So, we ended up with people flocking for .com, because you paid, but you
got a domain name with very little restriction.

Fir example, the United Arab Emirates demand that you purchase a leased
line to be allowed into the .ae TLD. Restrictive ? Yes. This highlights why
every on flocked to .com and .net.

What to do? Make a common policy for the good of the Net, and force more
people into ISO TLDs, but not before you clean house. Remember, IANA -
DELEGATED - these and any Domains at the top. Delegation is akin to
lending, but the ownership still belongs to the "root" IANA or whomever.
Thus if it is "owned", then rules can be centrally inforced, a la GATT or WTO.

With POC, we got the Trademark frenzy. Nonsense, I say. There are laws to
protect Trademarks. Domain Names are and should be like Telephone or street
names. If I use the address ( street, telephone, net) I am at to infringe
upon a trademark, lets the courts deal with it, as they have done in the past.

So, clean up the ISO TLDs, and THEN allow first come first served ( like it
was supposed to be) into the root. After all, the root runs on US tax
dollars, so how can you allow a Goverment imposed restrictive monopoly?

Kevin
Has anyone ever asked Postel what he is getting, if he is getting? ie IS
money, or has money changed hands?

CC: NTIADC40.SMTP40("wrash@mindspring.com")

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From: Tim Rice <tim__rice@yahoo.com>
To: NTIADC40.NTIAHQ40(dns)
Date: 2/16/98 7:51pm
Subject: US Government Interfering in the Net

This Green Paper has the potential to have horrible ramifications.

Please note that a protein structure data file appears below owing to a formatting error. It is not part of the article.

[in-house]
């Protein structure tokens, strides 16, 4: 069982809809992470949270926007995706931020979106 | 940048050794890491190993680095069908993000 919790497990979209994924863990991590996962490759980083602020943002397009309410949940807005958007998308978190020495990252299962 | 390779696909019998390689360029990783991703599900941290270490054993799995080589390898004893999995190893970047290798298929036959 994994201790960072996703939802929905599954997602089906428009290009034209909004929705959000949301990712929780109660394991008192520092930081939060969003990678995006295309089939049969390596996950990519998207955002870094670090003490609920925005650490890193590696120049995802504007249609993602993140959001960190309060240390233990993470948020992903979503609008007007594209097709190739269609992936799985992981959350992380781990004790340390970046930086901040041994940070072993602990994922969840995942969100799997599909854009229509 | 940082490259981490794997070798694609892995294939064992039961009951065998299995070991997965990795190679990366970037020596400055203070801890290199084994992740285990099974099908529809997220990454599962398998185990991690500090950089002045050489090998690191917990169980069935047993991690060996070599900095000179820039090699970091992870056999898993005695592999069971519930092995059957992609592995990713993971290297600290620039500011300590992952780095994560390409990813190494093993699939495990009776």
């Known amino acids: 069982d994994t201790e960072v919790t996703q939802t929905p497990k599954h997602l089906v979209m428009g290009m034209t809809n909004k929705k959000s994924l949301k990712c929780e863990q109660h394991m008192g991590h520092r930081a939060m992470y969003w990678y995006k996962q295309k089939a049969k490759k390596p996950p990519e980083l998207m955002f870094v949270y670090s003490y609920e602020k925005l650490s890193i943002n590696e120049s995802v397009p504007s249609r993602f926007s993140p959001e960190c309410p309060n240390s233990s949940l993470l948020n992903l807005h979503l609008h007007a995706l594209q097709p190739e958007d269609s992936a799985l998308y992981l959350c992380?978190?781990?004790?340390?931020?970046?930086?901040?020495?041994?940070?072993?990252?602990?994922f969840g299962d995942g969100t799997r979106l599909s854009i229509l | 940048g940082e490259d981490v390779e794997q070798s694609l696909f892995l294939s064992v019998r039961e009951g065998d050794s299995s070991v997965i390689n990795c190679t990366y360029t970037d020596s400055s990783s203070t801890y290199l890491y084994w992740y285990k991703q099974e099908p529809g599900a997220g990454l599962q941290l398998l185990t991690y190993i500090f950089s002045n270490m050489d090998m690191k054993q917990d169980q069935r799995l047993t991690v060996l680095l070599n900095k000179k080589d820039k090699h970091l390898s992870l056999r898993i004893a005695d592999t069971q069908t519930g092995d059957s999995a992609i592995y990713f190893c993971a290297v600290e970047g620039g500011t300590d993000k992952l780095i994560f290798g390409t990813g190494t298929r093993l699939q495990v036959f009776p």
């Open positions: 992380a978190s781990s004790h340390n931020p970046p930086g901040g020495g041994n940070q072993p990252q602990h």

I can not believe that the US Government is risking making the
Internet a political battlefield for the sake of one monopolistic
company, that nearly every ISP on the Internet has had complaints about.

Don't make the Internet into a political battlefield.

I cannot seriously believe that you think having a "2 year interim"
period is going to get the US Government out of Internet Governance.
Since when has the US government (the political side) been involved in
governing the net?

Funding yes, but the Internet was allowed to grow free of constraints.
That is why it is the remarkable entity that it is today. With this
paper, you are changing that.

Don't pretend otherwise; this sham of "getting out of Internet
governance" makes a mockery out of all netizens everywhere.

If you take this step, what do you think the EEC will do?

How about China? (Maybe not today, but in a few years..)

What country will be the next one to try and impose it's views of how
the net should be run on the whole Internet?

The Internet doesn't need you to "fix" it. Or to protect InterNIC's
monopoly.

PS I am not representing a powerful corporation, or some special
interest group, or a wanna-be domain name speculator.

I am a simple netizen, I've been using the Internet for more than 8
years now, and nothing has scared me more than the implications of
this paper.

Sincerely,

Tim Rice
tim__rice@yahoo.com

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From: Susan O'Donnell <osusan98@yahoo.com>
To: NTIADC40.NTIAHQ40(dns)
Date: 2/16/98 8:14pm
Subject: US Green Paper

I am beside myself with grief over what you people are doing.

When my family immigrated to the United States, we stood alone, we
didn't need any government assistance, and we proud to do so.

I cannot believe that you're going to all this trouble just to help
that infernal monopoly. I quite literally ripped my hair out at the
service those insufferable bastards give.

If we didn't need help, why should they?

I have been billed 3 times, in one year, for my domain. Each time I
called, I had to wait at least 15 minutes on hold.

Maybe you like waiting on hold Mr. Magaziner, but let me tell you,
sitting on a wooden chair, tapping my fingers against a desk, counting
those pennies slipping away to AT&T isn't exactly my kettle of fish.

Let REAL competition begin, not this sorry assed attempt. We want to
end monopolies, not start new ones.

Thank you.